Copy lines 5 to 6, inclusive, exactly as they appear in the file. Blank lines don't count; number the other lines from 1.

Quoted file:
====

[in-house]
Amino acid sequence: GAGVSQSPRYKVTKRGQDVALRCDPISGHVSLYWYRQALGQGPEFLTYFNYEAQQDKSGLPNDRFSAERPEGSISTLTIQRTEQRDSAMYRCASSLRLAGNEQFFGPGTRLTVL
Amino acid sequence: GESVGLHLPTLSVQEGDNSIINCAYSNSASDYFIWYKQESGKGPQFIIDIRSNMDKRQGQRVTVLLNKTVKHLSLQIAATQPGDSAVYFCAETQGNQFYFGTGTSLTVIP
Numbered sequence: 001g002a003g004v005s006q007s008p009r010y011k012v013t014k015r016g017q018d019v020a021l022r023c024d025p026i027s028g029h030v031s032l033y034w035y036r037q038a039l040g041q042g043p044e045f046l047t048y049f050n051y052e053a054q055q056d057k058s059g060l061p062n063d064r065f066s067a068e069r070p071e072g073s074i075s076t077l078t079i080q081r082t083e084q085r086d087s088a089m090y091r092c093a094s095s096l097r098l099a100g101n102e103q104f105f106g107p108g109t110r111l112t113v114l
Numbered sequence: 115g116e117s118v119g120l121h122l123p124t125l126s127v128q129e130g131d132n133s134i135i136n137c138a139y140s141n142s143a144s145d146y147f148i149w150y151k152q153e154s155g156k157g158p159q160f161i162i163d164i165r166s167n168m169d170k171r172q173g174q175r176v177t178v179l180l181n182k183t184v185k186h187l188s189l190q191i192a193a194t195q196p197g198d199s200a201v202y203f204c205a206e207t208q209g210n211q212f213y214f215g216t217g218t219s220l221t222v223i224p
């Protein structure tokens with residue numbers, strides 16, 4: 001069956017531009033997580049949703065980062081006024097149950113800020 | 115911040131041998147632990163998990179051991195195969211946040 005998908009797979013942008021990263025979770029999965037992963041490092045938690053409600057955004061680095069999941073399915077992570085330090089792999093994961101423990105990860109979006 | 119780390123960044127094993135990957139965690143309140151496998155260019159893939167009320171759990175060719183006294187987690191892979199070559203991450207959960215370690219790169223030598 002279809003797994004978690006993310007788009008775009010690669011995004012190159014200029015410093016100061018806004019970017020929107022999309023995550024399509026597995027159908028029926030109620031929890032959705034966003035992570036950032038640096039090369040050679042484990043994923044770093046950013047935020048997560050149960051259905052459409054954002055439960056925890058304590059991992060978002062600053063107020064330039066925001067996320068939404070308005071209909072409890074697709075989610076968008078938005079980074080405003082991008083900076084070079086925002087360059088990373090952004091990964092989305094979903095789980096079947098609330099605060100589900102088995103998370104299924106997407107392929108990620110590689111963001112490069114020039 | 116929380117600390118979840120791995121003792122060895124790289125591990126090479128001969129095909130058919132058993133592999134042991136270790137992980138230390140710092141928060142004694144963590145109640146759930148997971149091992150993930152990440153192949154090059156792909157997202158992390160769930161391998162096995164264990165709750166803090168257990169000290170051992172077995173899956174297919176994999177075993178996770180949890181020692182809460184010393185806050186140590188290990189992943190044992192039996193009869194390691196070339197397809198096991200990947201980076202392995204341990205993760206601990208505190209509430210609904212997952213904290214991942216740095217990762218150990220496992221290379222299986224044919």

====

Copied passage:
Numbered sequence: 115g116e117s118v119g120l121h122l123p124t125l126s127v128q129e130g131d132n133s134i135i136n137c138a139y140s141n142s143a144s145d146y147f148i149w150y151k152q153e154s155g156k157g158p159q160f161i162i163d164i165r166s167n168m169d170k171r172q173g174q175r176v177t178v179l180l181n182k183t184v185k186h187l188s189l190q191i192a193a194t195q196p197g198d199s200a201v202y203f204c205a206e207t208q209g210n211q212f213y214f215g216t217g218t219s220l221t222v223i224p
């Protein structure tokens with residue numbers, strides 16, 4: 001069956017531009033997580049949703065980062081006024097149950113800020 | 115911040131041998147632990163998990179051991195195969211946040 005998908009797979013942008021990263025979770029999965037992963041490092045938690053409600057955004061680095069999941073399915077992570085330090089792999093994961101423990105990860109979006 | 119780390123960044127094993135990957139965690143309140151496998155260019159893939167009320171759990175060719183006294187987690191892979199070559203991450207959960215370690219790169223030598 002279809003797994004978690006993310007788009008775009010690669011995004012190159014200029015410093016100061018806004019970017020929107022999309023995550024399509026597995027159908028029926030109620031929890032959705034966003035992570036950032038640096039090369040050679042484990043994923044770093046950013047935020048997560050149960051259905052459409054954002055439960056925890058304590059991992060978002062600053063107020064330039066925001067996320068939404070308005071209909072409890074697709075989610076968008078938005079980074080405003082991008083900076084070079086925002087360059088990373090952004091990964092989305094979903095789980096079947098609330099605060100589900102088995103998370104299924106997407107392929108990620110590689111963001112490069114020039 | 116929380117600390118979840120791995121003792122060895124790289125591990126090479128001969129095909130058919132058993133592999134042991136270790137992980138230390140710092141928060142004694144963590145109640146759930148997971149091992150993930152990440153192949154090059156792909157997202158992390160769930161391998162096995164264990165709750166803090168257990169000290170051992172077995173899956174297919176994999177075993178996770180949890181020692182809460184010393185806050186140590188290990189992943190044992192039996193009869194390691196070339197397809198096991200990947201980076202392995204341990205993760206601990208505190209509430210609904212997952213904290214991942216740095217990762218150990220496992221290379222299986224044919």